Landlords are legally required to hold tenants’ deposits in a government-approved tenancy deposit scheme. There are three schemes available to choose from:
These schemes are designed to help protect deposits and can also be used to help resolve disputes about deposits. They allow tenants to know where their deposits are being kept and how they are managed. Schemes are either custodial or insurance-backed:
Custodial - This is where the scheme itself holds the deposit during the tenancy.
Insurance-backed - This is when the landlord or agent holds the deposit during the tenancy, but must give it to the scheme at the end of the tenancy if there is a dispute.
Upon receiving the money you have 30 days to deposit the funds into a protection scheme. It important that you do not confuse the security budget and holding budget, as these are two separate payments and only the security deposit should be covered by the scheme.
The holding deposit is an amount of money that a tenant puts forward to show the landlord that they are interested seriously in the property. The landlord may only accept this money from the person they choose to rent to. It is typically taken off any other fees, such as the first month of rent, once it has been agreed that the person will move in.
A security deposit is the sum paid at the start of the tenancy. It is returned to the tenant at the end of the tenancy but the landlord may make deductions from it to pay for the repair of any damage done to the property. This is the money which is put into a tenancy deposit scheme.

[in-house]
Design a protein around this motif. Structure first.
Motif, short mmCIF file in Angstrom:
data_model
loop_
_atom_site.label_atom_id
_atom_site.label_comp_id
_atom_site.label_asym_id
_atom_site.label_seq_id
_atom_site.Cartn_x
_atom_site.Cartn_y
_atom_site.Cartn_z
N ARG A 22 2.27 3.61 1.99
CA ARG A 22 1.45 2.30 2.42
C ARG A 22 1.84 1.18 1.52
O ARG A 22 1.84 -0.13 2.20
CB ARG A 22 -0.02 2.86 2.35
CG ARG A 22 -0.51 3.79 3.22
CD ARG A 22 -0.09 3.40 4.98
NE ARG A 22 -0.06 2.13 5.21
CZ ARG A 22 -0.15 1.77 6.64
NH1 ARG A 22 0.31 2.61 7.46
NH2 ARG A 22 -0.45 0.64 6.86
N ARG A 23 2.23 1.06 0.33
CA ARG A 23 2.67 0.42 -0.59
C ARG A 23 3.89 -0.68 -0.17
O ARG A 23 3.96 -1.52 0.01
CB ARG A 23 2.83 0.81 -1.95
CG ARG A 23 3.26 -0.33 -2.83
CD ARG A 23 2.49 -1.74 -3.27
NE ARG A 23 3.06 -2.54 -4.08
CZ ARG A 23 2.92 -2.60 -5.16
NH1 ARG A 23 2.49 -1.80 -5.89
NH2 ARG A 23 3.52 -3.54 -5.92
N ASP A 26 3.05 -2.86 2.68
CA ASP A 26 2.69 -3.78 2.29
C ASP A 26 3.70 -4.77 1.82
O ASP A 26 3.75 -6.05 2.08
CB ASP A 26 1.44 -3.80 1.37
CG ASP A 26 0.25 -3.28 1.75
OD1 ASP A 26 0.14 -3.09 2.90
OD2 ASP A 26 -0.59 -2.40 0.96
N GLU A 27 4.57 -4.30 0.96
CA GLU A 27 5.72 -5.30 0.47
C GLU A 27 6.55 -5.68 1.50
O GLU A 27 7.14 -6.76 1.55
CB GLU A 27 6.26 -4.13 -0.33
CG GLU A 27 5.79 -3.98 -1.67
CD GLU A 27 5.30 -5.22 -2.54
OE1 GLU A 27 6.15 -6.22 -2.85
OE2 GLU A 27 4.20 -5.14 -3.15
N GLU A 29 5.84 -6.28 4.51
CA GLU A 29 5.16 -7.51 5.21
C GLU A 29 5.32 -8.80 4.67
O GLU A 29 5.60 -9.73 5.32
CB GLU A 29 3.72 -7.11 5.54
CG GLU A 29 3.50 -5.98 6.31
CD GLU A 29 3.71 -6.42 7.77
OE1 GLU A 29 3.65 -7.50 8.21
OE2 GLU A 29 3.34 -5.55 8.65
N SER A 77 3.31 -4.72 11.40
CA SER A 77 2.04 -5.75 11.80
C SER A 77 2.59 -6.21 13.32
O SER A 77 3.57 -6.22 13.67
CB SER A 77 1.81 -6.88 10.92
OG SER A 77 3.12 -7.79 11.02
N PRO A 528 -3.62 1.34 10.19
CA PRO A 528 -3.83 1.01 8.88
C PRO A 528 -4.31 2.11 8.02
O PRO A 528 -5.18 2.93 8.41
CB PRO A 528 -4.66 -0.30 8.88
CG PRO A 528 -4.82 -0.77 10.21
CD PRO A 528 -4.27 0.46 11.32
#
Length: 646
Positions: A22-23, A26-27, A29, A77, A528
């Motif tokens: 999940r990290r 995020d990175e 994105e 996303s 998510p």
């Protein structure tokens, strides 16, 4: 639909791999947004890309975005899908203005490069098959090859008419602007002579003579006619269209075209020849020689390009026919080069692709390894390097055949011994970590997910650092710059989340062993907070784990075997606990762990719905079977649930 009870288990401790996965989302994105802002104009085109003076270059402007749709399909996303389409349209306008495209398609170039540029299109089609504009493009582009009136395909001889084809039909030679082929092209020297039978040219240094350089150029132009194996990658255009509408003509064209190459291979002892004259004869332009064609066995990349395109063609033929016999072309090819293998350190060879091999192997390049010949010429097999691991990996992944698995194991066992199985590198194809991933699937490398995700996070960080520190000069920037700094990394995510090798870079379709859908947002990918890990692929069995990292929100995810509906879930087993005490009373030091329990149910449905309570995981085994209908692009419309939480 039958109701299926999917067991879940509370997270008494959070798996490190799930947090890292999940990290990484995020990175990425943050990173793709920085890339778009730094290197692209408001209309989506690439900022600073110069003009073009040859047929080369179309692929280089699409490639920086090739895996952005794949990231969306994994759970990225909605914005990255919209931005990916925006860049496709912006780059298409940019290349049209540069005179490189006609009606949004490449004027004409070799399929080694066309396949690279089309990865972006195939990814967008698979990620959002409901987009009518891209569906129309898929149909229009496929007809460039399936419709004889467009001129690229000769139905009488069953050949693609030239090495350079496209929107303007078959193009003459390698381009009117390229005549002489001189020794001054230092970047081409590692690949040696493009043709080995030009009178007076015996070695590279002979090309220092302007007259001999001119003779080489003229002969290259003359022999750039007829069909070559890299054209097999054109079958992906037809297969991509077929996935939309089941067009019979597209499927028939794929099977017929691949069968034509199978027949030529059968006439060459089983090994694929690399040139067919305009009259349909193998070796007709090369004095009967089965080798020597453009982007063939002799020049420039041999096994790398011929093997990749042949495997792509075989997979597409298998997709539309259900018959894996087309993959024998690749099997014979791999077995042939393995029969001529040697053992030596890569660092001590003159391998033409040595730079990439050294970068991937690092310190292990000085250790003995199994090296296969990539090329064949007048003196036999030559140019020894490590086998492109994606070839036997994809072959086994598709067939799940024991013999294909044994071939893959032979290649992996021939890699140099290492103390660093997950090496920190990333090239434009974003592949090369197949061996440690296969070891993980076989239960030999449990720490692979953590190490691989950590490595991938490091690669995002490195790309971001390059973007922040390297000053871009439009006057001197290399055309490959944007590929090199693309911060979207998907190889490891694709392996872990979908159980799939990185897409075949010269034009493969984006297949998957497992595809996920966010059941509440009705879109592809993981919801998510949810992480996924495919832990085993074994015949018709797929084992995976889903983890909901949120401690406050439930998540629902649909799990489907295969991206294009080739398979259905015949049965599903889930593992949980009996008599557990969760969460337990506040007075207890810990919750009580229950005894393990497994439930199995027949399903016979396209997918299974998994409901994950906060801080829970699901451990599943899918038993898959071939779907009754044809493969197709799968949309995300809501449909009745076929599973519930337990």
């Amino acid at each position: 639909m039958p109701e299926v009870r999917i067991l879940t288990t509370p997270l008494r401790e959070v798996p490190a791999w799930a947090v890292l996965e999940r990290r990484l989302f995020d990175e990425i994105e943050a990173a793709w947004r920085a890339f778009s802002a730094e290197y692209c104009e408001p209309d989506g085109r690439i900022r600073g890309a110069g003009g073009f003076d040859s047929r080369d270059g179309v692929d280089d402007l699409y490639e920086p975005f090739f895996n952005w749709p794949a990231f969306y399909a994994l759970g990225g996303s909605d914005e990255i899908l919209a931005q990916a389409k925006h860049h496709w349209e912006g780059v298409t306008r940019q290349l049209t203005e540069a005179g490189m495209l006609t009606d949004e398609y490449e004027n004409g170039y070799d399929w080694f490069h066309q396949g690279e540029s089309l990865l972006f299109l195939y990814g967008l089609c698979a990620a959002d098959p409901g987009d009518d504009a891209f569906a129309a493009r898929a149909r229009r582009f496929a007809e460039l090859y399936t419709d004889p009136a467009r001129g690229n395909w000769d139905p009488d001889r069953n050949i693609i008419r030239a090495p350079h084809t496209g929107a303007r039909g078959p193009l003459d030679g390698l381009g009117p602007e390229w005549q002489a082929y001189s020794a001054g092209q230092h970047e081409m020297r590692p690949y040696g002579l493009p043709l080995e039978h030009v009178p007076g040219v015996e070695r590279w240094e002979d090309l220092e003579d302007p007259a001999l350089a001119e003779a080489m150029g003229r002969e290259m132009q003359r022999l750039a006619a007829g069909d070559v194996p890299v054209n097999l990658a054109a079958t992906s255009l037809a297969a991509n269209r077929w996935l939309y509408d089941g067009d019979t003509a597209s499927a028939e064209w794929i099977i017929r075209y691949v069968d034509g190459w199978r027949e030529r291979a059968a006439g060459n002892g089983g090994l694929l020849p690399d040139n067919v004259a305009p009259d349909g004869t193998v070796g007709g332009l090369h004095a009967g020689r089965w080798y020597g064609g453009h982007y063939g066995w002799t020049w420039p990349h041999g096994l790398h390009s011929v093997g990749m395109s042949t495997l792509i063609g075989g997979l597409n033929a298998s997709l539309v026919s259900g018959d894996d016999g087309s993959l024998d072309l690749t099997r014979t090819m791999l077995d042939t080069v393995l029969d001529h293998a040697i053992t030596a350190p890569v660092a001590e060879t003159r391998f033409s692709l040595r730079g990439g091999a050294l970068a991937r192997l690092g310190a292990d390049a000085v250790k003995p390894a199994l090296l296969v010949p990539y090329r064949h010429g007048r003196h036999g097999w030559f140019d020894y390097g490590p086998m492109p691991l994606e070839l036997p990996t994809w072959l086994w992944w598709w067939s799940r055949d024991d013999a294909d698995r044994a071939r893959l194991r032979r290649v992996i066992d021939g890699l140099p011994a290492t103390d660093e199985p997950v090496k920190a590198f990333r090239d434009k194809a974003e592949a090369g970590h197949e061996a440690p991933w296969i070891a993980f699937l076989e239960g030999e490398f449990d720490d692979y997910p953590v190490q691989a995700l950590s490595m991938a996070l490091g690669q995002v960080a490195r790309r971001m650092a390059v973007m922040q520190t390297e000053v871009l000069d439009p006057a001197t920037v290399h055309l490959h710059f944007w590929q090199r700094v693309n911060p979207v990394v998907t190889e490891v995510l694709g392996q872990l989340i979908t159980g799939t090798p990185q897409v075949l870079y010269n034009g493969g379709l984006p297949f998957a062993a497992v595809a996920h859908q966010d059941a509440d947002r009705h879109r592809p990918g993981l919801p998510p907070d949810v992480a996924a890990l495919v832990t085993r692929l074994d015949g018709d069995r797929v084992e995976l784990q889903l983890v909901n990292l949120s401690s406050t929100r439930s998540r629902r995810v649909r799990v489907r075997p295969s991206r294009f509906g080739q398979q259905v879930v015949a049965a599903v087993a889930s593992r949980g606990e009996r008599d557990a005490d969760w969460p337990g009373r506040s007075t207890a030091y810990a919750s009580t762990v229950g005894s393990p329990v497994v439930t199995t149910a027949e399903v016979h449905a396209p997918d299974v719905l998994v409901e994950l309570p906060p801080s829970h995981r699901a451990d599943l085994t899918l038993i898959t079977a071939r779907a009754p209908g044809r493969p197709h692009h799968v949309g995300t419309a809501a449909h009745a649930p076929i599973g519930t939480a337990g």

As a landlord, you must also give your tenant the following information within 30 days of receiving their deposit:
The address of the property.
Confirmation of the amount of deposit received.
Details of the scheme being used, including contact details.
Your or your agent's contact details.
Contact details of the person who paid the deposit.
Stipulations around why the deposit may not be returned.
How to recover the deposit.
Instructions for your tenants should you be unavailable at the end of their tenancy.
Instructions on what to do should there be a dispute over the deposit.
There are some exceptions to the rule when it comes to using a tenancy deposit protection scheme. You do not need to use a protection scheme if:
Your tenant lives with you (e.g. they are a lodger)
You have a pre-15 January 1989 regulated tenancy
The accommodation is a student hall of residence
If you use a letting agency and your tenant pays the deposit to them rather than to you it must still be put into a tenancy deposit protection scheme.
If you do not protect the deposit of your tenants as required by law or you do not provide your tenant with information about the scheme within the 30-day period you could face penalties.
A court may order you to pay compensation of between one and three times the amount of the deposit. A breach of a tenancy deposit agreement can also mean that you are unable to evict a tenant as it could make a section 21 notice invalid. This type of breach may also mean that you must refund the tenant their deposit in full before you can evict them.
In order to protect your property it is worth investing in a dedicated landlord insurance policy which can cover you for a range of scenarios including loss of rent, DSS tenants, malicious damage and can also cover an entire property portfolio under a single policy. For more information visit our landlord insurance page or call a specialist adviser on 0344 346 0409.
Date: January 27, 2015
Category: Commercial Property